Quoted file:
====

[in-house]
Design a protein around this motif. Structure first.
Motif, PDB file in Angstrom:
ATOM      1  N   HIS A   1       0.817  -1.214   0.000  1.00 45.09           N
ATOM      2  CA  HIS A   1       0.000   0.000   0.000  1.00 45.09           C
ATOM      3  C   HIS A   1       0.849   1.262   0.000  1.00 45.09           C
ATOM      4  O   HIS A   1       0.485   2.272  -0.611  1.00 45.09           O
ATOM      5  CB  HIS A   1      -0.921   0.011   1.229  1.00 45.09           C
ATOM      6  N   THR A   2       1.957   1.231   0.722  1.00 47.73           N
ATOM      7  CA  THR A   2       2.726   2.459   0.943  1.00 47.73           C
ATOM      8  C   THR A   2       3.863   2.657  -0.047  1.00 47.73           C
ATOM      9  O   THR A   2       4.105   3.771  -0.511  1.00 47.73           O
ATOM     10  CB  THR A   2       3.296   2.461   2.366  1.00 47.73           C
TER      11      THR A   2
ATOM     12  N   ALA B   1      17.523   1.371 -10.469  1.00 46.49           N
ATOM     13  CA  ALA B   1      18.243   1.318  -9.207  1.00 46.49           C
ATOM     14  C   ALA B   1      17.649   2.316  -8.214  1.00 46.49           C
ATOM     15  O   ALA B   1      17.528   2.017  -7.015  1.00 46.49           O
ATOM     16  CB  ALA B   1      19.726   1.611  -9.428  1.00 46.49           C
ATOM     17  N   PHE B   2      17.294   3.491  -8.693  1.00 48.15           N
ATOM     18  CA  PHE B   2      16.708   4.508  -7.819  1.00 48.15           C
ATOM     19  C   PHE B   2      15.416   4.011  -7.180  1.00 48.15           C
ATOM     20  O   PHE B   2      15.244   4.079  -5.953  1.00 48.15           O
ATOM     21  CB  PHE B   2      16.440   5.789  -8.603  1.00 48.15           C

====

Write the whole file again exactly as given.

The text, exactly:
[in-house]
Design a protein around this motif. Structure first.
Motif, PDB file in Angstrom:
ATOM      1  N   HIS A   1       0.817  -1.214   0.000  1.00 45.09           N
ATOM      2  CA  HIS A   1       0.000   0.000   0.000  1.00 45.09           C
ATOM      3  C   HIS A   1       0.849   1.262   0.000  1.00 45.09           C
ATOM      4  O   HIS A   1       0.485   2.272  -0.611  1.00 45.09           O
ATOM      5  CB  HIS A   1      -0.921   0.011   1.229  1.00 45.09           C
ATOM      6  N   THR A   2       1.957   1.231   0.722  1.00 47.73           N
ATOM      7  CA  THR A   2       2.726   2.459   0.943  1.00 47.73           C
ATOM      8  C   THR A   2       3.863   2.657  -0.047  1.00 47.73           C
ATOM      9  O   THR A   2       4.105   3.771  -0.511  1.00 47.73           O
ATOM     10  CB  THR A   2       3.296   2.461   2.366  1.00 47.73           C
TER      11      THR A   2
ATOM     12  N   ALA B   1      17.523   1.371 -10.469  1.00 46.49           N
ATOM     13  CA  ALA B   1      18.243   1.318  -9.207  1.00 46.49           C
ATOM     14  C   ALA B   1      17.649   2.316  -8.214  1.00 46.49           C
ATOM     15  O   ALA B   1      17.528   2.017  -7.015  1.00 46.49           O
ATOM     16  CB  ALA B   1      19.726   1.611  -9.428  1.00 46.49           C
ATOM     17  N   PHE B   2      17.294   3.491  -8.693  1.00 48.15           N
ATOM     18  CA  PHE B   2      16.708   4.508  -7.819  1.00 48.15           C
ATOM     19  C   PHE B   2      15.416   4.011  -7.180  1.00 48.15           C
ATOM     20  O   PHE B   2      15.244   4.079  -5.953  1.00 48.15           O
ATOM     21  CB  PHE B   2      16.440   5.789  -8.603  1.00 48.15           C